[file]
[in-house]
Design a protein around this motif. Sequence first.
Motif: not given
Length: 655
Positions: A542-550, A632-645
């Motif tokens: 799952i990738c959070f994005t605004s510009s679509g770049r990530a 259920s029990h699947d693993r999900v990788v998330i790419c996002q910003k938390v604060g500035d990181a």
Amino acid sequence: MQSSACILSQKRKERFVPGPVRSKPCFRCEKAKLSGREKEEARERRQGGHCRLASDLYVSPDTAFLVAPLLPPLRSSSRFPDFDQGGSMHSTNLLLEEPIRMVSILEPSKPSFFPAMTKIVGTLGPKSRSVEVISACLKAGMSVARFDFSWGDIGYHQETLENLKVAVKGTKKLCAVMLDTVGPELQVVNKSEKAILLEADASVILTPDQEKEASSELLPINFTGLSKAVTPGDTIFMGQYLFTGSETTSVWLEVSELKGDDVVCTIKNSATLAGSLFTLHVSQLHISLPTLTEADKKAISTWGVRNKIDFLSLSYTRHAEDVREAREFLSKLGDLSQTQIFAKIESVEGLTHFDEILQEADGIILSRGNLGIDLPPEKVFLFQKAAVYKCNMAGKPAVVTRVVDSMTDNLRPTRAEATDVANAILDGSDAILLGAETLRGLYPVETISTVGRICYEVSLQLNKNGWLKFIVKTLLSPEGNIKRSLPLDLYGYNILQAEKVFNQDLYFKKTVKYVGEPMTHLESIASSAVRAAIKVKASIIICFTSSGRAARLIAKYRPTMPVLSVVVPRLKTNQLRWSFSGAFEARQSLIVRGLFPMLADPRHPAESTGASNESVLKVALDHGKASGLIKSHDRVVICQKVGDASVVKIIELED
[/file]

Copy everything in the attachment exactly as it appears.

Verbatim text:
[in-house]
Design a protein around this motif. Sequence first.
Motif: not given
Length: 655
Positions: A542-550, A632-645
């Motif tokens: 799952i990738c959070f994005t605004s510009s679509g770049r990530a 259920s029990h699947d693993r999900v990788v998330i790419c996002q910003k938390v604060g500035d990181a």
Amino acid sequence: MQSSACILSQKRKERFVPGPVRSKPCFRCEKAKLSGREKEEARERRQGGHCRLASDLYVSPDTAFLVAPLLPPLRSSSRFPDFDQGGSMHSTNLLLEEPIRMVSILEPSKPSFFPAMTKIVGTLGPKSRSVEVISACLKAGMSVARFDFSWGDIGYHQETLENLKVAVKGTKKLCAVMLDTVGPELQVVNKSEKAILLEADASVILTPDQEKEASSELLPINFTGLSKAVTPGDTIFMGQYLFTGSETTSVWLEVSELKGDDVVCTIKNSATLAGSLFTLHVSQLHISLPTLTEADKKAISTWGVRNKIDFLSLSYTRHAEDVREAREFLSKLGDLSQTQIFAKIESVEGLTHFDEILQEADGIILSRGNLGIDLPPEKVFLFQKAAVYKCNMAGKPAVVTRVVDSMTDNLRPTRAEATDVANAILDGSDAILLGAETLRGLYPVETISTVGRICYEVSLQLNKNGWLKFIVKTLLSPEGNIKRSLPLDLYGYNILQAEKVFNQDLYFKKTVKYVGEPMTHLESIASSAVRAAIKVKASIIICFTSSGRAARLIAKYRPTMPVLSVVVPRLKTNQLRWSFSGAFEARQSLIVRGLFPMLADPRHPAESTGASNESVLKVALDHGKASGLIKSHDRVVICQKVGDASVVKIIELED